This week’s immersive theatre adventure took us to the foot of the Oxo Tower to see the second round of performances from Phillip Pullman’s Grimm Tales book. The evening is an immersive telling of six eerie tales from the book brought to life in atmospheric rooms by exceptionally talented storytelling actors.
The first instalment of the Grimm Tales performances, which you can read about here, was excellent. It took place at the Shoreditch Town Hall – a suitably rustic and run down building which allowed for an ideal setting to bring the tales to life. The danger in sequels is that you always have the worry that they may not live up to the joy of the original – so how did the second instalment of this production fare?
Firstly, the Bargehouse is a perfect venue for the tales. It’s a rambling and slightly crumbling building with just enough historical ambiance, and Grimm Tales makes full use of the many floors and staircases to create a mysterious and haunting world. The evening is divided into the same format as the previous version: attendees are divided into two groups, and each group is expertly led around the building to witness six performances of tales from Phillip Pullman’s Grimm Tales book.
The tales are acted out in rooms which are devised to let you become fully immersed in the storytelling – sight, sound, touch, and smell are all catered for as you enter each story’s world. The ground in most rooms is covered in a type of mulch, either wooden or rubber, and it gives the illusion and the sense that you are walking through a forest into said worlds – and also that your feet are not quite on steady or even ground. Bare lighting fixtures hang from black cables to light the scenes and haunting, rusting artefacts decorate the interiors.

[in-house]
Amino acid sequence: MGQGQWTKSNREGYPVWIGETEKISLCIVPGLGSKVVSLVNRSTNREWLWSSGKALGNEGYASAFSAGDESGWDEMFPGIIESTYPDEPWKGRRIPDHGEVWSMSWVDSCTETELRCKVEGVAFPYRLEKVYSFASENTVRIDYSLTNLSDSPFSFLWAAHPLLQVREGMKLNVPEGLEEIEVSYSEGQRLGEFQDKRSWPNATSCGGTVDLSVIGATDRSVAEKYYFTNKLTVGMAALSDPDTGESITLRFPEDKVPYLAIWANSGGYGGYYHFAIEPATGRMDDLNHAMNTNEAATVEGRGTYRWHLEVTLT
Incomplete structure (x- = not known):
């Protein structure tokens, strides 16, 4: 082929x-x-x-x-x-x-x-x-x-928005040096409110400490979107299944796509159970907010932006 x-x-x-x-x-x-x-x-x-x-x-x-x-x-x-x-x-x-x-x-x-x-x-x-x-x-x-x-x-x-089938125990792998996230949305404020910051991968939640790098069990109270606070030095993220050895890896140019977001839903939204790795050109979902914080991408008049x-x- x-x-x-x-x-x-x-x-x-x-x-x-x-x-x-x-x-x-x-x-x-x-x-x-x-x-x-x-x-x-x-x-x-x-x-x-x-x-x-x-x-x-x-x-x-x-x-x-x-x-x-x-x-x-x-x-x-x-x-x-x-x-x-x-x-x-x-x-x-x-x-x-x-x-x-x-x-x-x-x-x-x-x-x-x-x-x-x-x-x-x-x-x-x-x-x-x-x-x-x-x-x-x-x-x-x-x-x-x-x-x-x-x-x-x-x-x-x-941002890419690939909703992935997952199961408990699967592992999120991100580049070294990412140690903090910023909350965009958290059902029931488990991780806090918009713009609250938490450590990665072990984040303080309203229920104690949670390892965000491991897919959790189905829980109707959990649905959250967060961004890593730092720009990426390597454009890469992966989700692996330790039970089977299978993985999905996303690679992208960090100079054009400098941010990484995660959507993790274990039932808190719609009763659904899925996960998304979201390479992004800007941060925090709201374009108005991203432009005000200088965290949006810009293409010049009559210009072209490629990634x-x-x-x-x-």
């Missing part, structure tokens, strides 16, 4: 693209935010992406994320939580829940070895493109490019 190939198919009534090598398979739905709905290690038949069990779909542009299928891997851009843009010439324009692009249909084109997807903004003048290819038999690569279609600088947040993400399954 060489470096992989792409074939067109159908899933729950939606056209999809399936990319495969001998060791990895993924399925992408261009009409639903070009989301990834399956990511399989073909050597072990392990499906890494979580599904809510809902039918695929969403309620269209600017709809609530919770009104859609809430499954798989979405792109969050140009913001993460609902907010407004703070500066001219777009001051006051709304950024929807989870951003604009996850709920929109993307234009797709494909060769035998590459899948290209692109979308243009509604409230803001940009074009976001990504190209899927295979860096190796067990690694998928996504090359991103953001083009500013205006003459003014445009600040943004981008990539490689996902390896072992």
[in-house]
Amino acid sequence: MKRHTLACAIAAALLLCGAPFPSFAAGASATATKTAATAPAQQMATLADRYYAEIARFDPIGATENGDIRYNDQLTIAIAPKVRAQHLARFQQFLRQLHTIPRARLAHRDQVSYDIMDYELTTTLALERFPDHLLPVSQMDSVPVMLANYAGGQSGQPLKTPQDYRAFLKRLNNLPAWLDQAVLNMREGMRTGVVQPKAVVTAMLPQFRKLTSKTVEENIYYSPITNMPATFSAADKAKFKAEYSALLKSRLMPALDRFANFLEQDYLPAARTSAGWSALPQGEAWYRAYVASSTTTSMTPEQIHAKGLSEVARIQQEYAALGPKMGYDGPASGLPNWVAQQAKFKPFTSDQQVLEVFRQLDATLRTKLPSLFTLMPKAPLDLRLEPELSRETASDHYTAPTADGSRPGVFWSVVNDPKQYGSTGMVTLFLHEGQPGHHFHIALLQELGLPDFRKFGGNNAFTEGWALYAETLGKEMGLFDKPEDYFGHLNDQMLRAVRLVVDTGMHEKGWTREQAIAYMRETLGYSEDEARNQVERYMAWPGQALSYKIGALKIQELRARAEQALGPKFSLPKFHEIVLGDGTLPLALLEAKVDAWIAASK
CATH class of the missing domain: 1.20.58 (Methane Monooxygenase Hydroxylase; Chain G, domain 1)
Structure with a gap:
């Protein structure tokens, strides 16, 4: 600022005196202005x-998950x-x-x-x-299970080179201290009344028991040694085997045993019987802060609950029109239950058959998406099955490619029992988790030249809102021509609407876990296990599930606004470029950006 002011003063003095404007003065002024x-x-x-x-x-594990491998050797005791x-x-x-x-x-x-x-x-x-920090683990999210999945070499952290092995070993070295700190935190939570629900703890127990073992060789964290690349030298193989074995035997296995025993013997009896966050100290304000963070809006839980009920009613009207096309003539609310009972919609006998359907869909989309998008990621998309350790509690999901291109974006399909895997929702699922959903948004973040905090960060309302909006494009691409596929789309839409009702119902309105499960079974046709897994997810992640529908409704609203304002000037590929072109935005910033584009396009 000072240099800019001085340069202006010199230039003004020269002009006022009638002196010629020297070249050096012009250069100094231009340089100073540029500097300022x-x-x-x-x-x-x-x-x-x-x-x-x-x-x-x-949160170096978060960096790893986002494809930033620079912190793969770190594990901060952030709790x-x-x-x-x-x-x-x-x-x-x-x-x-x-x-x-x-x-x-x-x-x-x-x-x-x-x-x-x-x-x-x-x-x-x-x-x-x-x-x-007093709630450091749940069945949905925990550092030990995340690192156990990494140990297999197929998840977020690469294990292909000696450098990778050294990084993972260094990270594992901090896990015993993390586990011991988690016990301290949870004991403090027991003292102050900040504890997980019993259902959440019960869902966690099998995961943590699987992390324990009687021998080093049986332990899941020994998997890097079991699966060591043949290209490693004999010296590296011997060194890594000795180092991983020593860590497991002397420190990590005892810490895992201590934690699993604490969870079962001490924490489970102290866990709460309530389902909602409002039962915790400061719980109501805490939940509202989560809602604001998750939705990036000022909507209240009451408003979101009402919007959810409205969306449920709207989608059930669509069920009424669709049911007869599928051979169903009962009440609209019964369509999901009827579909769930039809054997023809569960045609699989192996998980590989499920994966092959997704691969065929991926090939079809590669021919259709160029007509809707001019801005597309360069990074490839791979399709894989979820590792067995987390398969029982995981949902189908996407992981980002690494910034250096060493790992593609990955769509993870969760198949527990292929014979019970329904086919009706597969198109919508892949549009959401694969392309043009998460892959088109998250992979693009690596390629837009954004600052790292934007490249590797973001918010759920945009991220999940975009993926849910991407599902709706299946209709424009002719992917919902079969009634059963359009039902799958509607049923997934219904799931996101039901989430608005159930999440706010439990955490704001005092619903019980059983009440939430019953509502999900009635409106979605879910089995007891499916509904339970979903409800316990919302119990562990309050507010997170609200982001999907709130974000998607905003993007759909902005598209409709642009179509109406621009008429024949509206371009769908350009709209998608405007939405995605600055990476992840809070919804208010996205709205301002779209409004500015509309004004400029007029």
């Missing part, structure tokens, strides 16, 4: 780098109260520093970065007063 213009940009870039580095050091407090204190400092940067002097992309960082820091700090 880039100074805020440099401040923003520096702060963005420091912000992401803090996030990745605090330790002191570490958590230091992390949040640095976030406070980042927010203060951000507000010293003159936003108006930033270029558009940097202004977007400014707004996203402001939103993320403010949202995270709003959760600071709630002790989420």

Upon entering each room there’s a soundtrack of buzzing and humming – imagine a light that’s struggling to stay lit – while the actors guide you to your viewing areas and set some back story for each tale. Once everyone is in position there’s a louder hum, a flash of lights, and the story begins. The actors take it it turns to read out the story’s text whilst acting it out, and they are collectively a captivating troupe of storytellers.
It’s wonderfully creative and imaginative theatre which is set in a visual spectacle. The acting is great, and there is so much to look at whilst the plays are taking place. The stories chosen, although many of which are rare and slightly… odd, are cleverly told and enjoyable.
It’s not fair to pick favourites, but The Frog King is my pick of the performances. The room is a sweaty Louisiana bayou with moss traipsing down from the ceiling. The voodoo dance at the beginning is haunting, eerie, and perfect, and the use of costuming is excellent. Faithful Johannes is also very enjoyable (and strange) and the introduction of the golden princess is absolutely beautiful.
It can, at times, be hard to hear and see everything in the performance – some of the pieces stretch across rooms, and there are pillars in the performance area of the Frog King room – but the actors do their best to make sure everyone sees exciting and wondrous bits of the action.
The costumes provide even more delight, and the stage setting is exquisite. After the performances conclude, the audience are invited to move around freely within the space (well, mostly freely – we were NOT allowed back in the hallway of quotes, which was a true shame) and at that point there are several more secret spaces and fully dressed rooms in which to explore and play (hint – think Narnia.) There isn’t time to see all of it before being ushered out (apparently there are three bars; we only found two) and as we hit the streets we were amazed and shocked to find that we’d been inside the Bargehouse for the performance for over four hours.
This performance is so inviting and enjoyable that the time spent seeing these tales brought to life simply flew by.
Go see it.
Grimm Tales is running at the Bargehouse until 15th February, 2015. For more information and tickets, please click here.